tg(tg:mCherry) zebrafish strain (F8) provided by the University of Brussels  crossed with the UFZ-OBI strain (generation F12, established from a stock of a local breeder). In the subsequent generation individual homozygous transgenic fish were identified by crossing with wildtype and used to establish a homozygous strain. Fish were cultured at 26±1°C at a 14:10 h light: dark cycle in a recirculating tank system similar as described by Westerfield . Fish were cultured and used according to German and European animal protection standards and fish culture was approved by the Government of Saxony (Landesdirektion Leipzig, Aktenzeichen 75–9185.64).
In order to avoid interference of test chemicals with early thyroid gland development, zebrafish embryos were cultured in exposure medium  until 48 hours post fertilization (hpf). Subsequently, they were exposed to seven known thyroid endocrine disrupters for 3 days (48 to 120 hpf). The non-goitrogenic compound 3,4-dichloroaniline, that is used as reference compound in the zebrafish acute embryo toxicity test  was used as negative control. Stock solutions of ethylenethiourea, methimazole, potassium perchlorate, 6-propyl-2-thiouracil, phloroglucinol, pyrazole and resorcinol were freshly prepared in exposure medium. No solvents were used. The range of concentrations for each compound was selected by considering their solubility, effect concentrations for survival (Table 1) and the thyroid disrupting concentrations reported in a previous study that analyzed T4 content (Thienpont et al., 2011). Five concentrations and one control were tested per compound and replicate. In the second replicate the range of concentration was adjusted to improve fitting of concentration-response curves. Stability of the exposure solutions was confirmed (S1 Fig) by comparison of UV/VIS spectra in the range of 200–400 nm, obtained with an EPOCH microplate reader with cuvette slot (BIOTEK, Bad Friedrichshall, Germany). Given the lack of appropriate spectral properties stability of exposure concentrations was not analysed for potassium perchlorate. Embryos were kept in the incubator at 26°C and a 14:10 hours light:dark cycle. The exposure was conducted in crystallisation dishes covered with watchmaker glasses with 30 embryos in 30 ml exposure medium (for exposure medium refer to ). Prior to analysis, embryos were anesthetised by adding a 6 g/L stock solution of tricaine (Sigma-Aldrich, 10 μl per 400 μl exposure medium) and 16 (methimazole, phloroglucinol, potassium perchlorate) or 24 (resorcinol, propylthiouracil, 3,4-DCA, ethylenthiourea) embryos embryos were transferred to 96 well plates with rectangular wells (GE Healthcare, Little Chalfont, UK) with one embryo per well. The number of transferred embryos was increased from 16 to 24 in later experiments to ensure that enough thyroid gland images would be available for image analysis.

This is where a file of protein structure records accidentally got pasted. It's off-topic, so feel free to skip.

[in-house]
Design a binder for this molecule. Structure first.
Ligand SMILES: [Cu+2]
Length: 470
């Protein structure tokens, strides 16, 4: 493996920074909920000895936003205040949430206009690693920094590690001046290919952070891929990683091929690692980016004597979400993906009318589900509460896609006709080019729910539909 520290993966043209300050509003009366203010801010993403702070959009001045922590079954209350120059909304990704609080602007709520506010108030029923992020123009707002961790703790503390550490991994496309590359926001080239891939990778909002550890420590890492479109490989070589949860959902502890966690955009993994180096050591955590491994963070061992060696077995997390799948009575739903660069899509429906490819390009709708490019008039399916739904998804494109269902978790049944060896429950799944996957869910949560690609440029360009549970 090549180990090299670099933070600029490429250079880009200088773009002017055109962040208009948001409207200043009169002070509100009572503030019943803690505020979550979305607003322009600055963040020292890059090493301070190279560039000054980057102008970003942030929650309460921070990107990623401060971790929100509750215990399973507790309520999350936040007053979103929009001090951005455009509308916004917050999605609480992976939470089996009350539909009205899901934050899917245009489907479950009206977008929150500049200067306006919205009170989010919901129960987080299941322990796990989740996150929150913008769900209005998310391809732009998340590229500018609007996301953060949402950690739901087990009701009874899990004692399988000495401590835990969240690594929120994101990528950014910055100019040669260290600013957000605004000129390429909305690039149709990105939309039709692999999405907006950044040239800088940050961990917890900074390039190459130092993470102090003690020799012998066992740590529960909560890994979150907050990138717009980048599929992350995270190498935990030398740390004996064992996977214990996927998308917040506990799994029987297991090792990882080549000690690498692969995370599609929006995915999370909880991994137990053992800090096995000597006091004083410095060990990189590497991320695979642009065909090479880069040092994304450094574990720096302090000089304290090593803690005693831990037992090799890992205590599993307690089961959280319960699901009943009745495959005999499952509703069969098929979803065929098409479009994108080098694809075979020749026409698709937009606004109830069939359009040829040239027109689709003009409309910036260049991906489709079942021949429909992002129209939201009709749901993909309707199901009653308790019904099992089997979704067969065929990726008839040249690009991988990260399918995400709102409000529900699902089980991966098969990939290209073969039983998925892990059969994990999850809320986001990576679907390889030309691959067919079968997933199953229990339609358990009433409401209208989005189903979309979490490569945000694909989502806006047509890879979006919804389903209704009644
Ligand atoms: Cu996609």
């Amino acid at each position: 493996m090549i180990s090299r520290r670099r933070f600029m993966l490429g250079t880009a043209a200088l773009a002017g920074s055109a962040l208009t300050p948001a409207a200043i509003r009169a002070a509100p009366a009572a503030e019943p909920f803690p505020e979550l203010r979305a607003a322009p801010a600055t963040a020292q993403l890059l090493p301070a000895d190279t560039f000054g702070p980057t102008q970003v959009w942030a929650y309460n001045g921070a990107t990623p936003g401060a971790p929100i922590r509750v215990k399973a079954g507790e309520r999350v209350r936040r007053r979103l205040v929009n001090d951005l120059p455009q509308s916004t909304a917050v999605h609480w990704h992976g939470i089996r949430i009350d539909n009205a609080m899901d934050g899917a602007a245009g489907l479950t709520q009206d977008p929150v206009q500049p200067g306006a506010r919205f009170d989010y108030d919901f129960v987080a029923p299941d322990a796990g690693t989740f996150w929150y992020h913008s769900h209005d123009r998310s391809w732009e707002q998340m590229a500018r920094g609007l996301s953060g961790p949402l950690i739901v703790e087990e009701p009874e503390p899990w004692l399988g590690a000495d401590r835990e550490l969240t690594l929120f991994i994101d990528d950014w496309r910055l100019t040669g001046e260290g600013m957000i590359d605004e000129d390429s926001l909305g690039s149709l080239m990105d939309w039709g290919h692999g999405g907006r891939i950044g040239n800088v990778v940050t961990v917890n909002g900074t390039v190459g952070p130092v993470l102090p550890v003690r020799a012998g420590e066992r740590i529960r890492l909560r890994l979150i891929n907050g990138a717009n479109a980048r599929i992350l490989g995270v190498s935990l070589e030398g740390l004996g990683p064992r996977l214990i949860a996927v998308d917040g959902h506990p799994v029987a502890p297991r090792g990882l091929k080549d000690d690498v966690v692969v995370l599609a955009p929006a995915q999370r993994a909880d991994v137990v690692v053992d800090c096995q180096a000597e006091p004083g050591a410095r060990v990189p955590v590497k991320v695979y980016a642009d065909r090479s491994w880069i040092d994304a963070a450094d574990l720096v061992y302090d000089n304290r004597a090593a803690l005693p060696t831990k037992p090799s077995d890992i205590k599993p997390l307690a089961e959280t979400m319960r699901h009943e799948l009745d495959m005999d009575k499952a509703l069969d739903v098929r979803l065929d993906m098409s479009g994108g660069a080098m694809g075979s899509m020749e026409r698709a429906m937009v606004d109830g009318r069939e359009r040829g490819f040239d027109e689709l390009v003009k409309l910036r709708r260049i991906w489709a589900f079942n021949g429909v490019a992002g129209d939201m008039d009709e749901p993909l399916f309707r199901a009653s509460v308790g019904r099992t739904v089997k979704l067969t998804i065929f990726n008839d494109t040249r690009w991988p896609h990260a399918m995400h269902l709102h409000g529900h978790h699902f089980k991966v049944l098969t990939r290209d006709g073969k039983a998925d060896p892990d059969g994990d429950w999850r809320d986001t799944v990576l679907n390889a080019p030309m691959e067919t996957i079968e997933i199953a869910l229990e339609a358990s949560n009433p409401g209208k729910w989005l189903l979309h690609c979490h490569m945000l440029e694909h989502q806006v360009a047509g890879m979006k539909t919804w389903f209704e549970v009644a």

Assessment of toxicity
Fish embryo acute toxicity tests were performed similar as described previously , using 10 or 25 embryos per concentration and replicate exposed in crystallization dishes from 48 to 120 hpf. No exchange of exposure media was performed. Lethality was identified by coagulation, missing heartbeat, a non–detached tail and/or missing of somites . Raw data for mortality and phenotypic assessment are provided as S1 Table. Concentration-response curves for mortality are shown in S2 Fig.
Screening of tg(tg:mCherry) embryos